THE MEDICAL SECTOR SHOULD COMPETE FOR PATIENTS
October 23, 2007
America's health care system has three fundamental problems: cost, quality and access, says John C. Goodman, president of the National Center for Policy Analysis.
In regard to cost, says Goodman:
- Health care spending per capita is growing at twice the rate of growth of national income; if that trend continues, health care will crowd out every other form of consumption by the time today's college students retire.
- The reason for this dilemma is that patients are rarely forced to choose between health care and other uses of money.
- For example, no one is ever asked to decide whether one more knee replacement or one more MRI scan is worth the money it costs, and no one ever has to decide whether it is worthwhile to spend one-third of Medicare's budget on patients who are in the last year of life.
On the quality front:
- According to RAND researchers, patients get recommended care only about half the time; and the type of insurance, or whether they even have insurance, doesn't seem to matter.
- An Institute of Medicine study found that as many as 98,000 people die every year because of medical errors.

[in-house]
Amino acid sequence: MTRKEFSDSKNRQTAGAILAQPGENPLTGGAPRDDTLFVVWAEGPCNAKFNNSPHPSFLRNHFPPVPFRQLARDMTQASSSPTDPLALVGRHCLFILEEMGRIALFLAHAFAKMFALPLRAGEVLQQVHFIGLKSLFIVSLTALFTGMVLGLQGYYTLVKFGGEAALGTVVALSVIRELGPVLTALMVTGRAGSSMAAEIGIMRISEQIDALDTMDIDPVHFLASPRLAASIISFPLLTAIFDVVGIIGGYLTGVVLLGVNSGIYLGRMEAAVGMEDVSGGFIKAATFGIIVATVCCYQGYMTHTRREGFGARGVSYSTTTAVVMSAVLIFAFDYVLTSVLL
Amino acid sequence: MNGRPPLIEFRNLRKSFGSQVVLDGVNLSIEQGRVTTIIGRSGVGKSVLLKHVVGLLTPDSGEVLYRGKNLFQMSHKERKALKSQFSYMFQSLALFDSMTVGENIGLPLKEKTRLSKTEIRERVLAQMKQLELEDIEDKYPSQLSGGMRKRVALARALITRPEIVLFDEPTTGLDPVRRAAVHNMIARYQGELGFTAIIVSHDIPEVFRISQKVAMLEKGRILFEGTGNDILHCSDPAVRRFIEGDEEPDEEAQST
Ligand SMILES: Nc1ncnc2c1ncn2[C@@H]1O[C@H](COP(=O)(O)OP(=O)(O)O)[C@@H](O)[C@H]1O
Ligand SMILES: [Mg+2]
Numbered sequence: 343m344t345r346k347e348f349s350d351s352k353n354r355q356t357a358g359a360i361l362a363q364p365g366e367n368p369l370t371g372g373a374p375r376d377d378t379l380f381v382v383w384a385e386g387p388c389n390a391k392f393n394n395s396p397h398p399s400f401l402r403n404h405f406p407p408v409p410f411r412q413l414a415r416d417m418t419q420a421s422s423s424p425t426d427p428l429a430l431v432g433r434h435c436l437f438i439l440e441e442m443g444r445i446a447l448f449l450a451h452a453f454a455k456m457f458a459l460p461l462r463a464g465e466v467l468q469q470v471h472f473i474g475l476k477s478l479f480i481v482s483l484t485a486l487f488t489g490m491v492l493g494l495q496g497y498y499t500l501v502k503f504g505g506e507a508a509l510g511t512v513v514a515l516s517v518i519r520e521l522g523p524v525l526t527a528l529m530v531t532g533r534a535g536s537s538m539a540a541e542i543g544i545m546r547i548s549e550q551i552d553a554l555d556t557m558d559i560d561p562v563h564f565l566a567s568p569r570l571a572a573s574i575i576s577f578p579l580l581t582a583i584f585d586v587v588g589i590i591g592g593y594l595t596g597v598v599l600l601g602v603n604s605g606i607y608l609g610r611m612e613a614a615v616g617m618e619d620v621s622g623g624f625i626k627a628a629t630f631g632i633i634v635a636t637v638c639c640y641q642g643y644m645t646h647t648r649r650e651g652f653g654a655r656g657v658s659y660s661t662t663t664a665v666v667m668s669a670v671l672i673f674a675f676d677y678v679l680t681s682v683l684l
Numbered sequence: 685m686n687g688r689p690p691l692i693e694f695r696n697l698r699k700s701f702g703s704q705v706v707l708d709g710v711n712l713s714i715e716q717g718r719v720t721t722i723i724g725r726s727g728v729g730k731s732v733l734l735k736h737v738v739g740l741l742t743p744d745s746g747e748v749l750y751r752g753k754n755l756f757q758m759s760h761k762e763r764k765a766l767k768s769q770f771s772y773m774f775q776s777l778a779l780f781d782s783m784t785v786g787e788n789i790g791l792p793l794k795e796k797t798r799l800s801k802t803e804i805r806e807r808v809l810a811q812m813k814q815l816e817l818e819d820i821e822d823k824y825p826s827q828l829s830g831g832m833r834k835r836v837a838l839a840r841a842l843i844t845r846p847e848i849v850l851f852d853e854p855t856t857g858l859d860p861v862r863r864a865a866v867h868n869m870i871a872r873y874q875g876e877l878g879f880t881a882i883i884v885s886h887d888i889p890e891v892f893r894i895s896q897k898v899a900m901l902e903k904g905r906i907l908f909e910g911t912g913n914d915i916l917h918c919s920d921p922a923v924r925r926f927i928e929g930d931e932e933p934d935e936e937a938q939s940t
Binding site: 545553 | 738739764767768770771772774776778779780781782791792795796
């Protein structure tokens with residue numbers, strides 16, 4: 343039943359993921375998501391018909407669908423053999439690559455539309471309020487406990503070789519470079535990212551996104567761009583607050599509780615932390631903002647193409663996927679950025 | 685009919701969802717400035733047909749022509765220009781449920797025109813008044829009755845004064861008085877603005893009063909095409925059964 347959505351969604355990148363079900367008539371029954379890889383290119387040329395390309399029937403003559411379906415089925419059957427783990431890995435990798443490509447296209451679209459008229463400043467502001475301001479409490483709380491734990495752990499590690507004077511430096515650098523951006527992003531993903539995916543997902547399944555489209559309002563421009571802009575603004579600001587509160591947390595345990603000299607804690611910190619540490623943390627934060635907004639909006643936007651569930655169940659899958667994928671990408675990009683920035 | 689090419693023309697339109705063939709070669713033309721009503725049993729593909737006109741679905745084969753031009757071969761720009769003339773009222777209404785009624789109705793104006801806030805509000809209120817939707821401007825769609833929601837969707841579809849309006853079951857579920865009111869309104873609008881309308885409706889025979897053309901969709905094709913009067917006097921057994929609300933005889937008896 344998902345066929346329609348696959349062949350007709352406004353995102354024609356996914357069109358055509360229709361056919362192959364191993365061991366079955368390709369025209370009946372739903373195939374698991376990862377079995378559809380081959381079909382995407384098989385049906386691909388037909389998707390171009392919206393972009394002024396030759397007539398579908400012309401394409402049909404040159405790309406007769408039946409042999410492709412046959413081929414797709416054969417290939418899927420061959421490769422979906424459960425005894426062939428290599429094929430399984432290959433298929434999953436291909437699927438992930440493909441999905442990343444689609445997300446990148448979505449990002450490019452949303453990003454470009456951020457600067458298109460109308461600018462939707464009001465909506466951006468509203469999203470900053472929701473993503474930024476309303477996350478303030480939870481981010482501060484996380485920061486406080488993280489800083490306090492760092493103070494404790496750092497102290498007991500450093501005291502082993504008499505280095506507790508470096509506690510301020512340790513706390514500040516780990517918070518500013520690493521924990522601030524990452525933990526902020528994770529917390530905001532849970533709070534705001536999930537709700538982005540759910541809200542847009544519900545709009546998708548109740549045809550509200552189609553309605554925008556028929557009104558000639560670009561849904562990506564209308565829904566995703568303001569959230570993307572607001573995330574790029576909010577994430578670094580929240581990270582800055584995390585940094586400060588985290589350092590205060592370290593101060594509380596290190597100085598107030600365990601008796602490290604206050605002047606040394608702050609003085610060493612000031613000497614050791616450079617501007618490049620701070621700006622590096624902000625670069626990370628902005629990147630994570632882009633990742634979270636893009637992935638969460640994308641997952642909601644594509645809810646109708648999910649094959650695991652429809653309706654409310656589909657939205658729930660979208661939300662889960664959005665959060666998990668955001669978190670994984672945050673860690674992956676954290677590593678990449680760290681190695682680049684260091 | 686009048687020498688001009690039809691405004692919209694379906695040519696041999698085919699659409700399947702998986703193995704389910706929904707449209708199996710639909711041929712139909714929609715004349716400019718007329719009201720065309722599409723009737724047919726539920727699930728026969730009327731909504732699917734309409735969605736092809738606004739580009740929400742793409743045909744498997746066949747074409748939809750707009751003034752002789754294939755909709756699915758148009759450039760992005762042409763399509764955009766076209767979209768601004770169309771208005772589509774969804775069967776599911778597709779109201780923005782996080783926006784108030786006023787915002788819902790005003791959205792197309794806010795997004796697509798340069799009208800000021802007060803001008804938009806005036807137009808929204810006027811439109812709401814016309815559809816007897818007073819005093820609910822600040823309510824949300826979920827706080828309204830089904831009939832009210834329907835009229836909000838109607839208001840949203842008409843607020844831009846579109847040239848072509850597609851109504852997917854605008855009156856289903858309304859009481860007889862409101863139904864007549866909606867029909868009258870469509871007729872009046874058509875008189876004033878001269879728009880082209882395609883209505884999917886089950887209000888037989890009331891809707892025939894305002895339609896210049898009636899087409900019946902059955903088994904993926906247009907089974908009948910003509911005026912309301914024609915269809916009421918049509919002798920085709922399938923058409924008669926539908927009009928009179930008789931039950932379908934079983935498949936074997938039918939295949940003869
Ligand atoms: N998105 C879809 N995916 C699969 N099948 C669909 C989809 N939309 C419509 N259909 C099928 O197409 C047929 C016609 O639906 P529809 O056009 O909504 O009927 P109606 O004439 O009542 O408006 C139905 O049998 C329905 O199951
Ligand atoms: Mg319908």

- Other studies have shown that an appallingly low percentage of doctors and hospitals have patient records in electronic form, thereby missing opportunities to use error-reducing software.
As for access, low-income people in particular face barriers to care, says Goodman. They have access to a limited range of doctors and clinics, and they often face rationing by waiting when they are not facing rationing by price.
Overall, there are many reasons for these problems, but by far the most important is that neither doctors nor hospitals compete for patients based on price, quality or access to care, says Goodman.
Source: John C. Goodman, "NO: It's better to force the medical sector to compete for patients," Charlotte Observer, October 22, 2007.
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